What Are You Looking For?

+ A sermon for the Second Sunday after Epiphany at Holy Cross Lutheran Church, Bellevue, WA on January 19, 2020 +

Text: John 1:29-42

Audio: LINK

During the past few weeks, our lectionary texts have focused on the ways we see Jesus.
We have seen the ways our Emmanuel—God with us—is made manifest in our midst.
The one whose birth we celebrated and whose incarnation has blessed all human bodies.
The one whose natal star guided magi from distant lands and who blessed the nations.
The one whose baptism revealed his identity and blessed every drop of water.
And now we’ve entered the time after Epiphany, the time between now and Lent when our lectionary will continue to focus on Christ’s manifestation, how he is being revealed to the world, how we can look to him and learn about our God who has come to abide with us.

So it makes sense that our gospel text this morning has so much to do with seeing Jesus.
We hear from John the Baptizer, John the Forerunner, John the one who is ever pointing to Christ.
And nearly everything he has to say is about seeing Jesus:
Look, here is the Lamb of God.”
“I saw the Spirit descending from heaven…and it remained on him.”
“I myself have seen and have testified that this is the Son of God.”
John is filling his role as the preacher, the one who stands there and tells you to look to Jesus and follow him, who is trying to explain who this Jesus is, who is telling you what he thinks you need to hear.

epiphany-2So two of John’s disciples get up and start following Jesus, they go to see what he is all about.
And after all this talk about seeing and revealing and looking, after John’s pointing to Jesus and encouraging his disciples to follow him, perhaps Jesus’ question seems especially piercing.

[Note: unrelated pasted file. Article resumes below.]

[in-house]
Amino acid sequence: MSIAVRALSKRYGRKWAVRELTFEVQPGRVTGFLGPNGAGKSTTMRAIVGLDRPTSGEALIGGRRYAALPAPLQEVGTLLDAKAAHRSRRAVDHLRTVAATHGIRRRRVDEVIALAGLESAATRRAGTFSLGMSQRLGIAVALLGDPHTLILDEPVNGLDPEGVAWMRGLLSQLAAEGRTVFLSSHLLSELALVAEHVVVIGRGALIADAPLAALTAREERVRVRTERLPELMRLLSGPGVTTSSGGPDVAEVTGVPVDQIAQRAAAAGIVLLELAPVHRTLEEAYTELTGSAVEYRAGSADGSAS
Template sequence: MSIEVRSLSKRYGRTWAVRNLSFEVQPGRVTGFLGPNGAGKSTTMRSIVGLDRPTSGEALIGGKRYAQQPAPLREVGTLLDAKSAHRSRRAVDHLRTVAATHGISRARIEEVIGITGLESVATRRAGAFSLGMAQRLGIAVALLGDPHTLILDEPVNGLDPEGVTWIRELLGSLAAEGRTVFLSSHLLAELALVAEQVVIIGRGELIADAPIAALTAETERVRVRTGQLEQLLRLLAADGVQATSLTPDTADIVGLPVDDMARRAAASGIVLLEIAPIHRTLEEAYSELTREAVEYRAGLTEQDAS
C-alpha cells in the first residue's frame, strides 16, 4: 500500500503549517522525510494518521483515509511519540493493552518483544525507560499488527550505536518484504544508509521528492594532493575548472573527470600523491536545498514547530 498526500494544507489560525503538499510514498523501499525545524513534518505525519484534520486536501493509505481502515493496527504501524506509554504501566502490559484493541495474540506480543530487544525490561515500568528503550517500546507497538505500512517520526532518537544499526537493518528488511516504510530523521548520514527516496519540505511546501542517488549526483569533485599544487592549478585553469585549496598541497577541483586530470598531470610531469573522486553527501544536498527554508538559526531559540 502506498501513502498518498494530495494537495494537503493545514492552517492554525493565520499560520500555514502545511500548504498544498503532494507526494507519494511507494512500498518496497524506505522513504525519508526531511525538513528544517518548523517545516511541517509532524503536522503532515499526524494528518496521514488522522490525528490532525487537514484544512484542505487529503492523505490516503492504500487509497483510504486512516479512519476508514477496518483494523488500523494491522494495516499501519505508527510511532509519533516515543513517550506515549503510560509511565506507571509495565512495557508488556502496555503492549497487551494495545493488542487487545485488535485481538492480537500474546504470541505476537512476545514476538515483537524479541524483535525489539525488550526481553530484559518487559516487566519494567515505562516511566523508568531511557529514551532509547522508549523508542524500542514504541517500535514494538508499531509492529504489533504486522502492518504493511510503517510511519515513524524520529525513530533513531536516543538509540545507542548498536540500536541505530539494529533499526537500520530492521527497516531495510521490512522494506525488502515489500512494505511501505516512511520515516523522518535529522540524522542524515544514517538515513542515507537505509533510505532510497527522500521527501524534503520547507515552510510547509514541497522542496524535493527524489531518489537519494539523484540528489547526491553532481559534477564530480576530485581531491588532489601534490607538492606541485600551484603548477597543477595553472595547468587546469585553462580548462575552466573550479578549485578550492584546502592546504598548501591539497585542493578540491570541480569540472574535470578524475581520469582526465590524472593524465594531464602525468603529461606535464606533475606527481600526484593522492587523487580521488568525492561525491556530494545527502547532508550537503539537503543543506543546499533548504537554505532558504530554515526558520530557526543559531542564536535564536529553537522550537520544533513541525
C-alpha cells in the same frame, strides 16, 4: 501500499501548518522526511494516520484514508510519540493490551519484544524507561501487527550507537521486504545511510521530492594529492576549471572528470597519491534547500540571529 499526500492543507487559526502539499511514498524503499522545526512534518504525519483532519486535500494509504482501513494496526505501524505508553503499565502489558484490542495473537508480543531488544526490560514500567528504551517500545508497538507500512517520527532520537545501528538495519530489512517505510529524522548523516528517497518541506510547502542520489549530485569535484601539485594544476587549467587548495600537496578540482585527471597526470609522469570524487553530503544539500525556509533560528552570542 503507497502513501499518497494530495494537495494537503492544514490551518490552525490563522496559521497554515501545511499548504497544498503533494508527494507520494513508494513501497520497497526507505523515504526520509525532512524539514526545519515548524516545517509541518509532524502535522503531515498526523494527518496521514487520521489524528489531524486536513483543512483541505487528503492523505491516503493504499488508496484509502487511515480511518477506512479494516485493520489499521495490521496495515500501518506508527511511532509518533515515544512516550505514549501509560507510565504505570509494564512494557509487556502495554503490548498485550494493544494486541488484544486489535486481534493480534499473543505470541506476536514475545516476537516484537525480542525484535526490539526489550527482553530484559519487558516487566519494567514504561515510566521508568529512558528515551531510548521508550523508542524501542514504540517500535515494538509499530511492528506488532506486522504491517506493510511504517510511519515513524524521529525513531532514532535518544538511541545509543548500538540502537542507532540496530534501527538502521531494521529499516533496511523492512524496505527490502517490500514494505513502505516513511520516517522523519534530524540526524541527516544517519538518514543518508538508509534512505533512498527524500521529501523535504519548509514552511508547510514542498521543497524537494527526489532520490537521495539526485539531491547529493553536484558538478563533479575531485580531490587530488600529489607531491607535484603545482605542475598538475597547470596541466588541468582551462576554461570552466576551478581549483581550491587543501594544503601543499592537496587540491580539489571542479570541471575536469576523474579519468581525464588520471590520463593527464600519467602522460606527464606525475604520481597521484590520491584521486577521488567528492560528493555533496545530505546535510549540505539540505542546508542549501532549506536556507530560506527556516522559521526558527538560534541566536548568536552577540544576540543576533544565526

These are Jesus’ very first words in the Gospel of John and he doesn’t waste any time: “What are you looking for?”
In this time where we look to Christ and how he is being revealed, he asks us, “What are you looking for?”

It’s a question I’ve been thinking about a lot this week.
It’s a question that we would do well to ask ourselves.
What are we looking for?
What am I looking for?
When I come to church, when I worship, when I pray, when I read scripture—what am I looking for?
What am I hoping to get out of it?
Am I looking for guidance or assurance?
Hope or certainty?
Am I even looking for anything or am I just going through the motions?
Have I even been paying attention to know the difference?

But even this question tells me something about Jesus.
It tells me that he isn’t as concerned with telling me what he thinks I need to hear as he is in listening to my needs, my hopes, my fears.
It tells me that my God is deeply interested in my life and loves me so much that God wants to be there for me.